Hackers Win Big at Pwn2Own Hackathon

At the Pwn2Own hackathon, a group of good hackers, also known as ethical hackers, found weaknesses in software from big companies like Tesla, Google, Apple, Microsoft, and Adobe. They were rewarded with over $730,000 for their discoveries.

One team, called Synacktiv, managed to find a way into Tesla's software that controls the car's systems. They used a hacking technique that earned them $200,000 and a new Tesla Model 3. This isn't the first time Synacktiv has found issues in Tesla's software; they've done it at three other hacking events before. Last year, another hacker was able to take remote control of 25 Tesla cars in different countries.

Another hacker, Manfred Paul, targeted web browsers. He successfully hacked into Apple's Safari browser and was given $60,000. Paul didn't stop there. He also found ways into Google Chrome and Microsoft Edge, adding another $42,500 to his winnings. He hinted on Twitter that he might try to hack another browser soon.

Seunghyun Lee also focused on Google Chrome and found a bug that let him hack into it, winning $60,000. AbdulAziz Hariri found a way to hack Adobe Reader by finding a bug and bypassing some security measures, earning him $50,000. A team from Devcore Research discovered bugs in Windows 11 that allowed them to take more control of the system, winning $30,000.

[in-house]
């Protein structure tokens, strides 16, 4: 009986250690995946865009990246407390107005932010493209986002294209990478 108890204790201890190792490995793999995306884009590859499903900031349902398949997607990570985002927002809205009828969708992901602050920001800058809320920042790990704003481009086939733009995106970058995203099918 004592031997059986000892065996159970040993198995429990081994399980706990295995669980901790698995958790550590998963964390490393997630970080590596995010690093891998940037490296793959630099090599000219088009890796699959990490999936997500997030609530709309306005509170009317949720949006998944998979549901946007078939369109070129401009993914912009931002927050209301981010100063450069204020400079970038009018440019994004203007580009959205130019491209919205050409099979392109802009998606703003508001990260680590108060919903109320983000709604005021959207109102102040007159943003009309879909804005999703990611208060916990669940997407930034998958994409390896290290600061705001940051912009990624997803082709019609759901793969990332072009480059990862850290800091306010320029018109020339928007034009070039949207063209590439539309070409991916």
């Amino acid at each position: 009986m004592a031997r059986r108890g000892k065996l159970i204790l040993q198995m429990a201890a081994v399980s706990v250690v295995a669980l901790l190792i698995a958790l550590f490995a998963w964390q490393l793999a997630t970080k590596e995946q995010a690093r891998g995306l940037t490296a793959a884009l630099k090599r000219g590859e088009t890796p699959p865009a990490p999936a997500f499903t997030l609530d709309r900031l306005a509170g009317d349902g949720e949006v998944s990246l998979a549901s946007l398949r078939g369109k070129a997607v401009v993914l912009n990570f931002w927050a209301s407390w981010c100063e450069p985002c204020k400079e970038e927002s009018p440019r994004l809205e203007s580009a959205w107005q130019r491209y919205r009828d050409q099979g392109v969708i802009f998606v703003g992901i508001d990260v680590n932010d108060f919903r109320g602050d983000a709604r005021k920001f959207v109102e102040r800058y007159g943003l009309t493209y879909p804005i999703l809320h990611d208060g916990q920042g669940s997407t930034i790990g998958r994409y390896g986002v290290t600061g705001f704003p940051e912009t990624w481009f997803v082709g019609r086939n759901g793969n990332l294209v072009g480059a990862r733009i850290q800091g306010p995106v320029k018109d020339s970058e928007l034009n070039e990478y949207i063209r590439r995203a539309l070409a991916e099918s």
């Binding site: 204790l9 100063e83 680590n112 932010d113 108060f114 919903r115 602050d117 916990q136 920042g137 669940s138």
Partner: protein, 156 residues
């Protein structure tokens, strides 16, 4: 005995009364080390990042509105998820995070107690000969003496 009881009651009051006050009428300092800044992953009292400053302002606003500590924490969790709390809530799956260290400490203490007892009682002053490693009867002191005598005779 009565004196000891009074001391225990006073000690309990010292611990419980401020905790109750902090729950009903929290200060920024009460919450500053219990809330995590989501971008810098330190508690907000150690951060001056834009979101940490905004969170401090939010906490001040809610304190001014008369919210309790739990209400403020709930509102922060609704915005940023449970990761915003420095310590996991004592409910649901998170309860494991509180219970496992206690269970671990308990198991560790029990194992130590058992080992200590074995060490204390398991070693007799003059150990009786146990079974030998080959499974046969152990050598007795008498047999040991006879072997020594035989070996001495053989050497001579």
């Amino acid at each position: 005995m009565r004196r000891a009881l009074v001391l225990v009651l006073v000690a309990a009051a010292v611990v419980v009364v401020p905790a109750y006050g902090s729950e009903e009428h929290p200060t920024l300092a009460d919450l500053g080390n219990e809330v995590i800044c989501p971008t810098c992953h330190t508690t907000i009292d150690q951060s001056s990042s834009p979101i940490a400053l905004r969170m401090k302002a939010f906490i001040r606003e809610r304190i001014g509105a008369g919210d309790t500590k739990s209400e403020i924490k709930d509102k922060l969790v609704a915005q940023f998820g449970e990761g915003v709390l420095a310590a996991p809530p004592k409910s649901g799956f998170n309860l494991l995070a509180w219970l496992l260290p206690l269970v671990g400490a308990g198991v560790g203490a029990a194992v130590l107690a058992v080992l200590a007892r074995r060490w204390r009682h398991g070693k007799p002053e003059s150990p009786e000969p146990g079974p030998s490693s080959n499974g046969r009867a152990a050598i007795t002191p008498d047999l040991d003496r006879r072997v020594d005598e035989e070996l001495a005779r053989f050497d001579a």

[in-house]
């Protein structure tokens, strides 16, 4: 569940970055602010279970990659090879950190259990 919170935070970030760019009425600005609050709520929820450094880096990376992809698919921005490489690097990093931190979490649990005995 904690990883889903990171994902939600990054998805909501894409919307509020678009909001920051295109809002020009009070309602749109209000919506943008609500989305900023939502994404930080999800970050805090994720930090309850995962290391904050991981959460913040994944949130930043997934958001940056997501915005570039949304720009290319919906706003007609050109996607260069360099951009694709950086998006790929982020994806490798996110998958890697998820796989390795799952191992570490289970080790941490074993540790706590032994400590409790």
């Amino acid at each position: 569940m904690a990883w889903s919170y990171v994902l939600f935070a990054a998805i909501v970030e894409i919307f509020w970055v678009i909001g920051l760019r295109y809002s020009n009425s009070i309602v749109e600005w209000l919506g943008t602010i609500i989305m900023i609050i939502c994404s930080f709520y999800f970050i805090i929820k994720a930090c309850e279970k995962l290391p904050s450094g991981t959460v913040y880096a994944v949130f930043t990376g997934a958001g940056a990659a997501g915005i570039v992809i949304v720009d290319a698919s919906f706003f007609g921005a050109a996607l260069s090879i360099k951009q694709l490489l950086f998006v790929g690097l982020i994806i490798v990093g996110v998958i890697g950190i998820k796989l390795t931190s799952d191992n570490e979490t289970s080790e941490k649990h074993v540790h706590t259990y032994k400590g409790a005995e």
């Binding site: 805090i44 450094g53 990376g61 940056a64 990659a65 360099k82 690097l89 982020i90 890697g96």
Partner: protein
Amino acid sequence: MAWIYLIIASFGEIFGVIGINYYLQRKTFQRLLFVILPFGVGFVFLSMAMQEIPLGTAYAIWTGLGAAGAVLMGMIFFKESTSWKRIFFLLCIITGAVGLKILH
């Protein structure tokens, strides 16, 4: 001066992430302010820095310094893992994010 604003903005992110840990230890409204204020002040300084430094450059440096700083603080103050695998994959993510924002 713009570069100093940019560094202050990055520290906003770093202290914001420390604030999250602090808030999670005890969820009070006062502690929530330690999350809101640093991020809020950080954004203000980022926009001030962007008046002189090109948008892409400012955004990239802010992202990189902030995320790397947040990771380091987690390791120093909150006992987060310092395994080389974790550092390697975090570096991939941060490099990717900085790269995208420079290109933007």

Hacking, especially when done ethically to find and fix software problems, can bring in a lot of money. For example, a program called HackerOne has paid out more than $300 million to hackers who report bugs. However, not all hackers are ethical. Last year, bad hackers stole over $1 billion through ransomware attacks.

Image: DIW-Aigen

Read next: US Department Of Justice Files Mega Lawsuit Against Apple For Anti-Competitive Behavior
Previous Post Next Post